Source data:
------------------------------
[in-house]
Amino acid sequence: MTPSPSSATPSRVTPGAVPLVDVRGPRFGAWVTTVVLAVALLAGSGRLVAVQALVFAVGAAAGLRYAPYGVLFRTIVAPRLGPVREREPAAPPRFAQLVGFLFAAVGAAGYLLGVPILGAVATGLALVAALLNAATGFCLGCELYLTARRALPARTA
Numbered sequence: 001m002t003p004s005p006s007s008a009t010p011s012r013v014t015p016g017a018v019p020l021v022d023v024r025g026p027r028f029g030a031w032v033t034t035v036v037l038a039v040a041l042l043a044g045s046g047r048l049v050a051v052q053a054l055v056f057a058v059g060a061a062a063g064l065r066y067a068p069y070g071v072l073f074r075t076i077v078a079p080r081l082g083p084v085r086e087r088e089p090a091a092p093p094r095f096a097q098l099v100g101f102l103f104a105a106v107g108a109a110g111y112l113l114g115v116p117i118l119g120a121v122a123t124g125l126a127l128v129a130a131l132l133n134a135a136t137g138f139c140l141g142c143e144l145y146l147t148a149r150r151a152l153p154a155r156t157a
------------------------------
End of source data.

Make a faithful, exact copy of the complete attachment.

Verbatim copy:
[in-house]
Amino acid sequence: MTPSPSSATPSRVTPGAVPLVDVRGPRFGAWVTTVVLAVALLAGSGRLVAVQALVFAVGAAAGLRYAPYGVLFRTIVAPRLGPVREREPAAPPRFAQLVGFLFAAVGAAGYLLGVPILGAVATGLALVAALLNAATGFCLGCELYLTARRALPARTA
Numbered sequence: 001m002t003p004s005p006s007s008a009t010p011s012r013v014t015p016g017a018v019p020l021v022d023v024r025g026p027r028f029g030a031w032v033t034t035v036v037l038a039v040a041l042l043a044g045s046g047r048l049v050a051v052q053a054l055v056f057a058v059g060a061a062a063g064l065r066y067a068p069y070g071v072l073f074r075t076i077v078a079p080r081l082g083p084v085r086e087r088e089p090a091a092p093p094r095f096a097q098l099v100g101f102l103f104a105a106v107g108a109a110g111y112l113l114g115v116p117i118l119g120a121v122a123t124g125l126a127l128v129a130a131l132l133n134a135a136t137g138f139c140l141g142c143e144l145y146l147t148a149r150r151a152l153p154a155r156t157a